All recipes are for 2 servings unless noted. Oil is canola oil and salt is kosher salt.


Ebi to moyashi no nanpuraa itame / prawn and soybean sprout saute with nam pla

The aroma and clear saltiness of nam pla highlights sweet prawns, bean sprouts and eggs.


Small handful (8-10) prawns
Large handful (150-200 g) daizu moyashi soybean sprouts
1 knob ginger
1 egg

For seasoning
1/2 tbsp shaoxing wine (sake in photo)
1/4 tsp kurozu brown rice vinegar (not in photo)
1 tsp nam pla fish sauce
1/4 tsp shiokoji salted rice malt (or salt) & pepper, to taste (not in photo)
1/4-1/2 tsp sesame oil (optional; not in photo)

1 tsp oil (for sauteing ingredients)


Clean prawns with potato starch.
Remove skinny roots and discolored parts of moyashi.
Finely chop ginger.
Lightly beat egg.


In a frying pan, heat oil, and saute moyashi at medium high to high heat.

Pepper to taste, and transfer to a plate.


In the same frying pan, cook prawns and ginger.
When prawns' color changes (turns pink), pour egg, and roughly scramble.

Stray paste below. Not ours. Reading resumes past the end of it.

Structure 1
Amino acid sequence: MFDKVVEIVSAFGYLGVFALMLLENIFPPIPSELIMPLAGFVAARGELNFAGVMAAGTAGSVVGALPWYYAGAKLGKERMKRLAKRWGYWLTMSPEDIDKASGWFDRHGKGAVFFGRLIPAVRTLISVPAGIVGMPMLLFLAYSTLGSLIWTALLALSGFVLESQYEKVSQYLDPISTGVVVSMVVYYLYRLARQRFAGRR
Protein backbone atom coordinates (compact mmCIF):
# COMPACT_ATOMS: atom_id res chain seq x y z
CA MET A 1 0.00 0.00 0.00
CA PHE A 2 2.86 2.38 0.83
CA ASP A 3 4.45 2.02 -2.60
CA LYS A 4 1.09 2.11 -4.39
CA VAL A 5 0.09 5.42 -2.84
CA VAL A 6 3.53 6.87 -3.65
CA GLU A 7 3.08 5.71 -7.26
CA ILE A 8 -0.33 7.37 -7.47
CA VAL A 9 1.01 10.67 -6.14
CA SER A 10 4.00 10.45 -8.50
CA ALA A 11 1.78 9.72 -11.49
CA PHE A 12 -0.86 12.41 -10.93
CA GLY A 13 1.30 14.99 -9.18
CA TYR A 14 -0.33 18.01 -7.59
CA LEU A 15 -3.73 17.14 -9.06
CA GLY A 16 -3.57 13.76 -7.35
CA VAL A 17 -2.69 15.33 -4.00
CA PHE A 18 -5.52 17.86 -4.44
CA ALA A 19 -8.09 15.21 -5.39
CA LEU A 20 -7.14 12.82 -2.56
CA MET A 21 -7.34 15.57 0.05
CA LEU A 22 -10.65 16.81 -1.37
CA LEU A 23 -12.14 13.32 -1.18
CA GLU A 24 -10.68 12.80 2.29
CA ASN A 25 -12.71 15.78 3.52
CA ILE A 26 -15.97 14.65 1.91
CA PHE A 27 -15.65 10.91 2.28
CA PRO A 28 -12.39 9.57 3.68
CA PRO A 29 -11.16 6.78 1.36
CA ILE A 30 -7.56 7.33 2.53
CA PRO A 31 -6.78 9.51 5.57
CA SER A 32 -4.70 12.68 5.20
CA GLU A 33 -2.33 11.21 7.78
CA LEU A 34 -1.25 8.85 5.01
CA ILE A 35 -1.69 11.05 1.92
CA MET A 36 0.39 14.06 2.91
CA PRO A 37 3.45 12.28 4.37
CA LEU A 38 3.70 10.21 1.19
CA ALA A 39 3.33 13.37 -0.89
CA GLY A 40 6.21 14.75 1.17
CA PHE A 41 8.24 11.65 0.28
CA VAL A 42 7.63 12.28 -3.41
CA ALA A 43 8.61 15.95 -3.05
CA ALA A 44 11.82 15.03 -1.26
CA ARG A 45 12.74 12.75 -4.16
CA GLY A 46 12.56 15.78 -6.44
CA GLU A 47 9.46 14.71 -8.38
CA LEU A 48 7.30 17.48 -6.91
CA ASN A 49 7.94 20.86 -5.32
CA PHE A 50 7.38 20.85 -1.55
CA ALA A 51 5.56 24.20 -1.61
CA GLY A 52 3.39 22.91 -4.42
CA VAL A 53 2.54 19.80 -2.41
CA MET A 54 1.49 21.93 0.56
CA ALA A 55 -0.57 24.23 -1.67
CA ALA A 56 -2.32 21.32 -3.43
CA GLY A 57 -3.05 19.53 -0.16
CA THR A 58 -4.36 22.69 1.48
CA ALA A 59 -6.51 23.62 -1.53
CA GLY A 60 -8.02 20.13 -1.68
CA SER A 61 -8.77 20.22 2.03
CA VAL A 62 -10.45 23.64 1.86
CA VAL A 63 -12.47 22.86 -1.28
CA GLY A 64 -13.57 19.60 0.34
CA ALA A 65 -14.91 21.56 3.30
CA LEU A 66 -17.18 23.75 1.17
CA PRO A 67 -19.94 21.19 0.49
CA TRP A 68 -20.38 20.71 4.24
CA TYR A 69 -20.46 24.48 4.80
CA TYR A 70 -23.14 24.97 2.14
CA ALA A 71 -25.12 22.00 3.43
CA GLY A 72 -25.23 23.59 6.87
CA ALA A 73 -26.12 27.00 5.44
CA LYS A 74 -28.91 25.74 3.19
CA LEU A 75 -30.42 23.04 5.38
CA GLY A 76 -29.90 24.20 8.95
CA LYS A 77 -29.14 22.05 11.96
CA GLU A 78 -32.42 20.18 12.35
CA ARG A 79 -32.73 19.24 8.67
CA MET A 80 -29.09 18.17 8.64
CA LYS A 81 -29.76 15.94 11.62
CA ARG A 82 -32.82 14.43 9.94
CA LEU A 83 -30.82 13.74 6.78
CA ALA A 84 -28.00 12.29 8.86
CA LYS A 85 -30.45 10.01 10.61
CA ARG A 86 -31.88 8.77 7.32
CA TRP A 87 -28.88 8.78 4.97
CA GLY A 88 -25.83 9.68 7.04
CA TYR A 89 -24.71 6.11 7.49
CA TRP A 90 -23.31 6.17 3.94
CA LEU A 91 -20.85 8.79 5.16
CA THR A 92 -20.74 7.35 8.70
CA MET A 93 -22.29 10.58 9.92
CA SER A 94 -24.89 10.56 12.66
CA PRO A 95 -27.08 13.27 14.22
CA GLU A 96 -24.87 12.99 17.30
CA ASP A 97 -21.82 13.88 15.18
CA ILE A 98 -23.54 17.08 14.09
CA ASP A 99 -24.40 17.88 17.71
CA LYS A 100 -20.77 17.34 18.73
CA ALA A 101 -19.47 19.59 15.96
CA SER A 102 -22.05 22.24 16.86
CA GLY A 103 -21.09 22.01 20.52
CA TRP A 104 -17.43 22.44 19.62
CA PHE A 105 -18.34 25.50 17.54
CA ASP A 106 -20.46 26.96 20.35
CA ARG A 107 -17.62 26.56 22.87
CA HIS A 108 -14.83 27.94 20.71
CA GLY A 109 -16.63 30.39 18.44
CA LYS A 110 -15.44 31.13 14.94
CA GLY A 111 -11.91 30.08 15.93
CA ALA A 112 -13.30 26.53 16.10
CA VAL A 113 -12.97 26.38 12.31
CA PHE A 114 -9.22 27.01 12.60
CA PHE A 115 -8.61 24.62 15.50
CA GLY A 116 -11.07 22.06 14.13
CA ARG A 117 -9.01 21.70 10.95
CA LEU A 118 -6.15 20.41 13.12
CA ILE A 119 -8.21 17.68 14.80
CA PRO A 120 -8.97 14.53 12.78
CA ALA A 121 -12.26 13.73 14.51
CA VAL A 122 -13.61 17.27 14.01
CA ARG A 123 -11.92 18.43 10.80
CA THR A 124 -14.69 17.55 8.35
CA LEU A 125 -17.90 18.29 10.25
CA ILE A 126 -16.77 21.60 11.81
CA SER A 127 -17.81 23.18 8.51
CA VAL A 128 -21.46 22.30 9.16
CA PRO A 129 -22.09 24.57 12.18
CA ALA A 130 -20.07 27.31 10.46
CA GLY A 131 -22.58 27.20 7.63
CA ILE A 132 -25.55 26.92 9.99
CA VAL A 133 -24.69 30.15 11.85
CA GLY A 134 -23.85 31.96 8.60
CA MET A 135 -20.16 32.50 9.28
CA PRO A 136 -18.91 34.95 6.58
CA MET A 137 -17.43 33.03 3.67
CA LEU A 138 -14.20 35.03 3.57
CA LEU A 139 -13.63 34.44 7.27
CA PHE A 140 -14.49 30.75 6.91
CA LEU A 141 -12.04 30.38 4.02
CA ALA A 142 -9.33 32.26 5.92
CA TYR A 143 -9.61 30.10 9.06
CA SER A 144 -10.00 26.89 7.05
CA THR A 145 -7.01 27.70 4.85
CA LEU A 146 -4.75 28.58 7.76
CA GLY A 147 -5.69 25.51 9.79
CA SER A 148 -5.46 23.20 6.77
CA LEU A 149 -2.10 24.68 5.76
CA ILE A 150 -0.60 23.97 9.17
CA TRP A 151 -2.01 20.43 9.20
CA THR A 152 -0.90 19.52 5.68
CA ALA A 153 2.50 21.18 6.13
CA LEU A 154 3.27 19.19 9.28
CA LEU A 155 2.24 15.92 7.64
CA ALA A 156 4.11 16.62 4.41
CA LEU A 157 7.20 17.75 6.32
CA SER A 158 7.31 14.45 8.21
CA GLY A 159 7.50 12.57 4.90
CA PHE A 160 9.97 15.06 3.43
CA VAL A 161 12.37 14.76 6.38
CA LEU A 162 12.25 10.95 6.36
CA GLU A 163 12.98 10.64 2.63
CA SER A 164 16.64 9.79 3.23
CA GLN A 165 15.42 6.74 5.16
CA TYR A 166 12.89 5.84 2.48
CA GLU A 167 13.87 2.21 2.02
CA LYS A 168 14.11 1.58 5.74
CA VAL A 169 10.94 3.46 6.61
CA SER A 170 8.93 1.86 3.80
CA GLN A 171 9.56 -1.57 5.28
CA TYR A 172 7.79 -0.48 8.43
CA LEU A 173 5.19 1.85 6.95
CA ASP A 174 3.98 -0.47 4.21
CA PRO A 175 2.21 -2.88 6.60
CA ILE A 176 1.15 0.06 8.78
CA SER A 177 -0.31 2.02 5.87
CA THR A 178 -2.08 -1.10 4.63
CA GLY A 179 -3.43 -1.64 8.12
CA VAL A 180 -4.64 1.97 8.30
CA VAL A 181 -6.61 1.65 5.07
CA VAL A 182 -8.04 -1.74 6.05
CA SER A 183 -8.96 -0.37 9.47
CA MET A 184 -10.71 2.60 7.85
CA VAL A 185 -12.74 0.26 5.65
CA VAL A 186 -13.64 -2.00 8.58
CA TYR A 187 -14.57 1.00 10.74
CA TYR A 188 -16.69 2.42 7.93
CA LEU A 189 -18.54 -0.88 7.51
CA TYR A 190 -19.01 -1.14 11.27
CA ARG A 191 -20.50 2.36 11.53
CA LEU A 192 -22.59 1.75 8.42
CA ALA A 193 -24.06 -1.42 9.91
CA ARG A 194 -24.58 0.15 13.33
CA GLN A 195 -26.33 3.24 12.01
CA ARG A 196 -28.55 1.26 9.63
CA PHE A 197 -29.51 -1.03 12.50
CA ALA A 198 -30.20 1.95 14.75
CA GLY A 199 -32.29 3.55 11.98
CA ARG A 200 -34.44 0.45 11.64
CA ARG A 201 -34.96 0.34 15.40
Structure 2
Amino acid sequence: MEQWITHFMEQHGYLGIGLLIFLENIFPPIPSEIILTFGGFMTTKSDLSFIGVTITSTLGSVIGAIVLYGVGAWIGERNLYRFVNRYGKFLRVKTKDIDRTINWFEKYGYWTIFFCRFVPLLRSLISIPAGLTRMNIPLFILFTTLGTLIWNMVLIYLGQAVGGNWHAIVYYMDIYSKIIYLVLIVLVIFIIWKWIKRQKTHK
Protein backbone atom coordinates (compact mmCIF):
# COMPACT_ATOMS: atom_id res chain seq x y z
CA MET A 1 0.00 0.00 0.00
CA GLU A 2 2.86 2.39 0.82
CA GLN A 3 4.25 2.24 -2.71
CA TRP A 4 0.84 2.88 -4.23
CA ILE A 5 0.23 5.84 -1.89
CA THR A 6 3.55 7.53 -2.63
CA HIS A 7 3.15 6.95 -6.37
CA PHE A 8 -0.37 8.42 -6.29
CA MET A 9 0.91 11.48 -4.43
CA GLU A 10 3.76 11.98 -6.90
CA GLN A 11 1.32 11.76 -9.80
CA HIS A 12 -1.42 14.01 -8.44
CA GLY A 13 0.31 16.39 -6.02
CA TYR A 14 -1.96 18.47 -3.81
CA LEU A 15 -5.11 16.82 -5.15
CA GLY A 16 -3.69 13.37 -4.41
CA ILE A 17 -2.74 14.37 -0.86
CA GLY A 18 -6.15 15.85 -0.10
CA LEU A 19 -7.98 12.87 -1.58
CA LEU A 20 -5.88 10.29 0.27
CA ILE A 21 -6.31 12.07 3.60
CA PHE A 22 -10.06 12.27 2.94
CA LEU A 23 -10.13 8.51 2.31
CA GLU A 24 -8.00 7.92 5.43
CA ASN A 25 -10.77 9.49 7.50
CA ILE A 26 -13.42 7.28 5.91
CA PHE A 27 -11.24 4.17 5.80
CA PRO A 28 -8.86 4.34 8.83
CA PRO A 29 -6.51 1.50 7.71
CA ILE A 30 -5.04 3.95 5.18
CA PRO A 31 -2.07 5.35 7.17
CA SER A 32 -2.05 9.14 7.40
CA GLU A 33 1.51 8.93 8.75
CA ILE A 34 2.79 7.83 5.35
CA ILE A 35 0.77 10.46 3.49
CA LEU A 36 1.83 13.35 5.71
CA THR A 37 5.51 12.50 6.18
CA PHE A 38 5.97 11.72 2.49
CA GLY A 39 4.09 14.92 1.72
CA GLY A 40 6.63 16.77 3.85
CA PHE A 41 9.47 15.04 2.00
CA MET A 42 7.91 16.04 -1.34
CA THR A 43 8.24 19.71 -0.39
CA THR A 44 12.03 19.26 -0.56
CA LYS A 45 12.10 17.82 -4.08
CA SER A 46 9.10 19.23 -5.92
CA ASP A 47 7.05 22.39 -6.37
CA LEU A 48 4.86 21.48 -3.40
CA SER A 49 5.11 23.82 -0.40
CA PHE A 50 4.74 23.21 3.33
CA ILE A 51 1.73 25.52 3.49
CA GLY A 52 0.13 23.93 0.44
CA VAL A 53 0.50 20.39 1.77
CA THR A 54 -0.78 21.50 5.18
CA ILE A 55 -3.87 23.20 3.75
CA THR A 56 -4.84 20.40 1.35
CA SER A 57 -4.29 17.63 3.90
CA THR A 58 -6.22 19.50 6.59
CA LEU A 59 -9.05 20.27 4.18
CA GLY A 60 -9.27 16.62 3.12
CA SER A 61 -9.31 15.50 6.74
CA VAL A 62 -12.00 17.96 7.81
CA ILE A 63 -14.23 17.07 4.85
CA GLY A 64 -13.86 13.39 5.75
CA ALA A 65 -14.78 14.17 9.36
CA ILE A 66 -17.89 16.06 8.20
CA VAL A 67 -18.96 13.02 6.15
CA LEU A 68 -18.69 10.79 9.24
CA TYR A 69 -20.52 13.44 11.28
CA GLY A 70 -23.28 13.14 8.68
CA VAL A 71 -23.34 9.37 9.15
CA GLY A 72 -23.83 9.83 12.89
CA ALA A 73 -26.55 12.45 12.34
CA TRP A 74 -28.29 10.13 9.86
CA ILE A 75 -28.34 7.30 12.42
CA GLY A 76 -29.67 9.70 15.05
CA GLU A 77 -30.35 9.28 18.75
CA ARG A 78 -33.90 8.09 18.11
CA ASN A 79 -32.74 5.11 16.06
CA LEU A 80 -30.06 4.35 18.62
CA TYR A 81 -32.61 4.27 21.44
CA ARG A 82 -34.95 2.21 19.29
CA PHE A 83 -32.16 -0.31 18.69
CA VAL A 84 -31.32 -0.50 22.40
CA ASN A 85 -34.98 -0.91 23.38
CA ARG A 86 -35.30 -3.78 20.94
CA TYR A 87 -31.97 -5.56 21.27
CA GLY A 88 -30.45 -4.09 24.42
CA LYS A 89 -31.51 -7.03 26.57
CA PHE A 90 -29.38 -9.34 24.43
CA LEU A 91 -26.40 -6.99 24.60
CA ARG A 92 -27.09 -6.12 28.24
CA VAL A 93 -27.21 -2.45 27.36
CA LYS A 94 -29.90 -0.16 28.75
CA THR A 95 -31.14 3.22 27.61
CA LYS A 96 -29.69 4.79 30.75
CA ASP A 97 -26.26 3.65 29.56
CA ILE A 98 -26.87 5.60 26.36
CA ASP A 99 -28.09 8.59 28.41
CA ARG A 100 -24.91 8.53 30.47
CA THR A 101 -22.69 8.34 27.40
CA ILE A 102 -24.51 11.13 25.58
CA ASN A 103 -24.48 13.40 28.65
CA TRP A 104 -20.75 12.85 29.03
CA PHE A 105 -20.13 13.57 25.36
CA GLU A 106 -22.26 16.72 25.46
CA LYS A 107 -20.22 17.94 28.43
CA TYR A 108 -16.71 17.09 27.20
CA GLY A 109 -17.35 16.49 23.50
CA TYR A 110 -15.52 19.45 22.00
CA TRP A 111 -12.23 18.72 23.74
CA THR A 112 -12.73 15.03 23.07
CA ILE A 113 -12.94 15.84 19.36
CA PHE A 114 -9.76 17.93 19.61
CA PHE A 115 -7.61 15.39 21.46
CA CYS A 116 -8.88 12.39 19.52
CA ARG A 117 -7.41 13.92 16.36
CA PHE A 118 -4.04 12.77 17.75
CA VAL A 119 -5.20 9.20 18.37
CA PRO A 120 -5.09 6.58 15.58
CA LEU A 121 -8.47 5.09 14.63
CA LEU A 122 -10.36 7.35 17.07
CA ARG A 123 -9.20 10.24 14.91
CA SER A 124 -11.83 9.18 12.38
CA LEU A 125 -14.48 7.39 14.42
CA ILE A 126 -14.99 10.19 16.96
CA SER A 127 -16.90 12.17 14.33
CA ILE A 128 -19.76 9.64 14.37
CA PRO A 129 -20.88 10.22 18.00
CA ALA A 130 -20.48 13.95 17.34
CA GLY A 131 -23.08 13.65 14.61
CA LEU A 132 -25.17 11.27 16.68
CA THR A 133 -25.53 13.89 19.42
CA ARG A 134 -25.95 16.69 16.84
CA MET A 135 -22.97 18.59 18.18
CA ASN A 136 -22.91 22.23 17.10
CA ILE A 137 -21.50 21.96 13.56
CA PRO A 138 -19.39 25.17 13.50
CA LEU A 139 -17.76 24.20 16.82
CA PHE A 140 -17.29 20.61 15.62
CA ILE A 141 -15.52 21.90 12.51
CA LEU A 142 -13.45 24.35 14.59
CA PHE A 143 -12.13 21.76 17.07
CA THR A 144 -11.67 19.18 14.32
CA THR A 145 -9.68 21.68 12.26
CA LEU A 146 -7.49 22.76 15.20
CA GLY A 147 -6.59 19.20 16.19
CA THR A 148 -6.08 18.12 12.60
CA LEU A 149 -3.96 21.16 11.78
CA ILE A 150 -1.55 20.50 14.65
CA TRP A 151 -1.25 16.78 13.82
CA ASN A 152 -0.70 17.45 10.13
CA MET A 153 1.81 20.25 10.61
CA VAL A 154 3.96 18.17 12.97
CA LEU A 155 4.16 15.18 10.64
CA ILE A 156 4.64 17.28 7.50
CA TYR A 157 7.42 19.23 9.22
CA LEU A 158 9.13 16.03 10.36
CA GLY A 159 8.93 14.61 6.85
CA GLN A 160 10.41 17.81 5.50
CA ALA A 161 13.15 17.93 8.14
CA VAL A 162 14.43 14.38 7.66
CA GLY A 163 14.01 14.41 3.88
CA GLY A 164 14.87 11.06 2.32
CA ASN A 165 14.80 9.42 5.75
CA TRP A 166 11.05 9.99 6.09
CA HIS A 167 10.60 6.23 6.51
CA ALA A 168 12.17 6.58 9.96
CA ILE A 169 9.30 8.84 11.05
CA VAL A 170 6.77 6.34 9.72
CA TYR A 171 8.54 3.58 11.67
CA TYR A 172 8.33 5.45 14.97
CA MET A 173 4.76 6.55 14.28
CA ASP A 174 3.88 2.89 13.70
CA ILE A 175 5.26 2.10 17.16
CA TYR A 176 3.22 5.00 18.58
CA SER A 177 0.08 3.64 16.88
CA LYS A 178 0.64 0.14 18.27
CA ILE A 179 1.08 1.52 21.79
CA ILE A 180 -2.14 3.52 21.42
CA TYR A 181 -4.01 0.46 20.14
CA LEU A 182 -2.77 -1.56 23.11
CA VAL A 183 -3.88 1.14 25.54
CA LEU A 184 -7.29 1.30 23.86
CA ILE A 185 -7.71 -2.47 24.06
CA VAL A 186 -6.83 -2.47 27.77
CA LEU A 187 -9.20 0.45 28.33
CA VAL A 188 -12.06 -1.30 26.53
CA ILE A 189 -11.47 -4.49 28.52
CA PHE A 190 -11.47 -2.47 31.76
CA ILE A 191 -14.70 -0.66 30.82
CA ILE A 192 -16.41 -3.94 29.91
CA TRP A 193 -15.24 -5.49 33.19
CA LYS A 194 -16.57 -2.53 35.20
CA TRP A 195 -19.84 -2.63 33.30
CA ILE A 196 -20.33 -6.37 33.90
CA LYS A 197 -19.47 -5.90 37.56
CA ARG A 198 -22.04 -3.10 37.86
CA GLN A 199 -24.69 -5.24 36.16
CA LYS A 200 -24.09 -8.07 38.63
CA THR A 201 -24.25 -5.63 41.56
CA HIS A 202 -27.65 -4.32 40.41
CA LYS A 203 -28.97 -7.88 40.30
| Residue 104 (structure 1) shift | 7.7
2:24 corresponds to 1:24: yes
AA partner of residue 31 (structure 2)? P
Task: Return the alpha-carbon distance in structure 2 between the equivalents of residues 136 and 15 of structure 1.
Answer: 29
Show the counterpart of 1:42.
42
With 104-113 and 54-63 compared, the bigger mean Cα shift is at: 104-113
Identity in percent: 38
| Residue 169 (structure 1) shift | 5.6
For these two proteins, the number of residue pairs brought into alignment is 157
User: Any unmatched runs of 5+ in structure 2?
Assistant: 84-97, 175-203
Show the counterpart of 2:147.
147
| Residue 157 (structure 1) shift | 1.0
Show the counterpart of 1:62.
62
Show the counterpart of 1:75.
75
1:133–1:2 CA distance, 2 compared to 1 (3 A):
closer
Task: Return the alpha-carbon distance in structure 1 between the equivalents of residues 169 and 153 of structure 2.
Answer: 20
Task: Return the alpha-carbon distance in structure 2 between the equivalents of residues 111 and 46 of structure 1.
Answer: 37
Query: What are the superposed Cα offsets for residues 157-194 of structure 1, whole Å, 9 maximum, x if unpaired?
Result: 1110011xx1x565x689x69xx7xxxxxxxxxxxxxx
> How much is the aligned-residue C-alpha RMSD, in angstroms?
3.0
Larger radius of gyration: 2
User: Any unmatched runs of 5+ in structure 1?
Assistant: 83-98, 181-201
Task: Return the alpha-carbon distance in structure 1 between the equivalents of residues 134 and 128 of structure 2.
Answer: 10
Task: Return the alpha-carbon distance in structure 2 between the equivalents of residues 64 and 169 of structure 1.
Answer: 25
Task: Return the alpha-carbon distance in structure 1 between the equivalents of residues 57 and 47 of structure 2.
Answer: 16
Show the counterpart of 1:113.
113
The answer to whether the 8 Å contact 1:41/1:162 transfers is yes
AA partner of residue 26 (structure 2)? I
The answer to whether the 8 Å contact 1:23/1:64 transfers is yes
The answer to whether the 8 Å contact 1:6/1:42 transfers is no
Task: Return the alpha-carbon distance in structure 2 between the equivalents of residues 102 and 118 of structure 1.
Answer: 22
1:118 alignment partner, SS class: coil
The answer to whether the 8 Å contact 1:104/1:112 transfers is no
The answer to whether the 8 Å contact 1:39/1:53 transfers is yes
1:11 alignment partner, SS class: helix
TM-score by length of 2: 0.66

Put moyashi back, add shaoxing wine, nam pla and kurozu vinegar.
Mix well.

Taste, and add shiokoji (1/4 tsp max) or a tiny pinch of salt as necessary.
(Optional) Add sesame oil, and mix well.

  • If shaoxing wine is not at hand, regular sake works fine. Shaoxing wine has a deeper taste and aroma than sake. When shaoxing wine is used, you can cut back on other seasonings (nam pla and shiokoji/salt in this recipe).
  • Kurozu brown rice vinegar has a stronger aroma and taste than regular rice wine, and it is added to impart another umami layer that works really well with shaoxing wine. Kurozu also contributes to cutting back on use of sodium-loaded seasonings.
  • Nam pla from Thailand and nuoc mam from Vietnam are probably the world's best known fish sauces. Japan has a fish sauce too, called gyosho. Gyosho goes by different names in different regions (ishiru in Ishikawa, shottsuru in Akita, etc.), and the main ingredient also differs by region.
(Last updated: May 1, 2017)

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